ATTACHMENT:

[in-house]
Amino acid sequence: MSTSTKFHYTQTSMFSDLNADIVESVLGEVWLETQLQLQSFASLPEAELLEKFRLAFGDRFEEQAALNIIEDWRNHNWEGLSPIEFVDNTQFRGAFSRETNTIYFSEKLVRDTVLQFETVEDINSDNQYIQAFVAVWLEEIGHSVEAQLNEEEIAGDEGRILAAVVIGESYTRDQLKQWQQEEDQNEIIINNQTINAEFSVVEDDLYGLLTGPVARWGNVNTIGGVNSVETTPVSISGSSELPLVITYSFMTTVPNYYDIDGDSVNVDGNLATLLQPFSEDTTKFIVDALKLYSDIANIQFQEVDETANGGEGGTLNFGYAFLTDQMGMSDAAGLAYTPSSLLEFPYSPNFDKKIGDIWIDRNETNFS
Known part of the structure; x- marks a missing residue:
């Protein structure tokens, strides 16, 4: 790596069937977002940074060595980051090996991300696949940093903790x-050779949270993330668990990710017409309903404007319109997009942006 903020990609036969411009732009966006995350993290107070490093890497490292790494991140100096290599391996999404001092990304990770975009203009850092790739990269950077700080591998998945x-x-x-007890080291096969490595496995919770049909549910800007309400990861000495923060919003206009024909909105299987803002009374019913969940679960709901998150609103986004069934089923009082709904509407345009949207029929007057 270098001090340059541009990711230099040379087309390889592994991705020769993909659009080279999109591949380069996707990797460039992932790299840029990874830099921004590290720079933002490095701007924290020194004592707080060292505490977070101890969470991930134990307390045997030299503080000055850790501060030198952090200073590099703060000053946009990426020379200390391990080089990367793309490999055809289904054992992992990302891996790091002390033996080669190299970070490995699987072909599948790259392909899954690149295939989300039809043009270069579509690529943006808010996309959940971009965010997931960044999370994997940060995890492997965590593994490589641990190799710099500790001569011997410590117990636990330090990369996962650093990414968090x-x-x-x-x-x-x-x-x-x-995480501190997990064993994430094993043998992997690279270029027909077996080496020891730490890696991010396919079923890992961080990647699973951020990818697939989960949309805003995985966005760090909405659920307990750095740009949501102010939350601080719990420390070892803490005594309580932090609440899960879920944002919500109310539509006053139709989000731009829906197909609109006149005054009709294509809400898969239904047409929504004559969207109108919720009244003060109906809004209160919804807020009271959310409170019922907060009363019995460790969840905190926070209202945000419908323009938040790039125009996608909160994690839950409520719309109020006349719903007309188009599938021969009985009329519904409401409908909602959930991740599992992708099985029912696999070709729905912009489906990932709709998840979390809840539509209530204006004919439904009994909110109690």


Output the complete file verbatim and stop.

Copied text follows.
[in-house]
Amino acid sequence: MSTSTKFHYTQTSMFSDLNADIVESVLGEVWLETQLQLQSFASLPEAELLEKFRLAFGDRFEEQAALNIIEDWRNHNWEGLSPIEFVDNTQFRGAFSRETNTIYFSEKLVRDTVLQFETVEDINSDNQYIQAFVAVWLEEIGHSVEAQLNEEEIAGDEGRILAAVVIGESYTRDQLKQWQQEEDQNEIIINNQTINAEFSVVEDDLYGLLTGPVARWGNVNTIGGVNSVETTPVSISGSSELPLVITYSFMTTVPNYYDIDGDSVNVDGNLATLLQPFSEDTTKFIVDALKLYSDIANIQFQEVDETANGGEGGTLNFGYAFLTDQMGMSDAAGLAYTPSSLLEFPYSPNFDKKIGDIWIDRNETNFS
Known part of the structure; x- marks a missing residue:
């Protein structure tokens, strides 16, 4: 790596069937977002940074060595980051090996991300696949940093903790x-050779949270993330668990990710017409309903404007319109997009942006 903020990609036969411009732009966006995350993290107070490093890497490292790494991140100096290599391996999404001092990304990770975009203009850092790739990269950077700080591998998945x-x-x-007890080291096969490595496995919770049909549910800007309400990861000495923060919003206009024909909105299987803002009374019913969940679960709901998150609103986004069934089923009082709904509407345009949207029929007057 270098001090340059541009990711230099040379087309390889592994991705020769993909659009080279999109591949380069996707990797460039992932790299840029990874830099921004590290720079933002490095701007924290020194004592707080060292505490977070101890969470991930134990307390045997030299503080000055850790501060030198952090200073590099703060000053946009990426020379200390391990080089990367793309490999055809289904054992992992990302891996790091002390033996080669190299970070490995699987072909599948790259392909899954690149295939989300039809043009270069579509690529943006808010996309959940971009965010997931960044999370994997940060995890492997965590593994490589641990190799710099500790001569011997410590117990636990330090990369996962650093990414968090x-x-x-x-x-x-x-x-x-x-995480501190997990064993994430094993043998992997690279270029027909077996080496020891730490890696991010396919079923890992961080990647699973951020990818697939989960949309805003995985966005760090909405659920307990750095740009949501102010939350601080719990420390070892803490005594309580932090609440899960879920944002919500109310539509006053139709989000731009829906197909609109006149005054009709294509809400898969239904047409929504004559969207109108919720009244003060109906809004209160919804807020009271959310409170019922907060009363019995460790969840905190926070209202945000419908323009938040790039125009996608909160994690839950409520719309109020006349719903007309188009599938021969009985009329519904409401409908909602959930991740599992992708099985029912696999070709729905912009489906990932709709998840979390809840539509209530204006004919439904009994909110109690």